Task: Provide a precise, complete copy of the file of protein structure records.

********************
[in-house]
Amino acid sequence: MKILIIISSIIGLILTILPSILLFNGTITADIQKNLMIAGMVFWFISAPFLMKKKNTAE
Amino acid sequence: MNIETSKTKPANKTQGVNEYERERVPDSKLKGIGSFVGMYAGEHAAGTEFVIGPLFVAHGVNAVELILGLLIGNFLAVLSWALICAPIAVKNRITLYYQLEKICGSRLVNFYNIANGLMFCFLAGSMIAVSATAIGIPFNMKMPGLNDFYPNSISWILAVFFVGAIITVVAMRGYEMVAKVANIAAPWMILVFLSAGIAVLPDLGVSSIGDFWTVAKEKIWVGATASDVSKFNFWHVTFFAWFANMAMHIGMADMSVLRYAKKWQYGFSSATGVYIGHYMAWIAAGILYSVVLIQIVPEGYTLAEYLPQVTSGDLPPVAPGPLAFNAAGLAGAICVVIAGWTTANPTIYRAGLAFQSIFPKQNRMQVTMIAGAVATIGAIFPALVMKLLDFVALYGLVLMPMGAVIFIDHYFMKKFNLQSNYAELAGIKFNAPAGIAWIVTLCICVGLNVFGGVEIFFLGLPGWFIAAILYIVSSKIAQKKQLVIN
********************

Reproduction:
[in-house]
Amino acid sequence: MKILIIISSIIGLILTILPSILLFNGTITADIQKNLMIAGMVFWFISAPFLMKKKNTAE
Amino acid sequence: MNIETSKTKPANKTQGVNEYERERVPDSKLKGIGSFVGMYAGEHAAGTEFVIGPLFVAHGVNAVELILGLLIGNFLAVLSWALICAPIAVKNRITLYYQLEKICGSRLVNFYNIANGLMFCFLAGSMIAVSATAIGIPFNMKMPGLNDFYPNSISWILAVFFVGAIITVVAMRGYEMVAKVANIAAPWMILVFLSAGIAVLPDLGVSSIGDFWTVAKEKIWVGATASDVSKFNFWHVTFFAWFANMAMHIGMADMSVLRYAKKWQYGFSSATGVYIGHYMAWIAAGILYSVVLIQIVPEGYTLAEYLPQVTSGDLPPVAPGPLAFNAAGLAGAICVVIAGWTTANPTIYRAGLAFQSIFPKQNRMQVTMIAGAVATIGAIFPALVMKLLDFVALYGLVLMPMGAVIFIDHYFMKKFNLQSNYAELAGIKFNAPAGIAWIVTLCICVGLNVFGGVEIFFLGLPGWFIAAILYIVSSKIAQKKQLVIN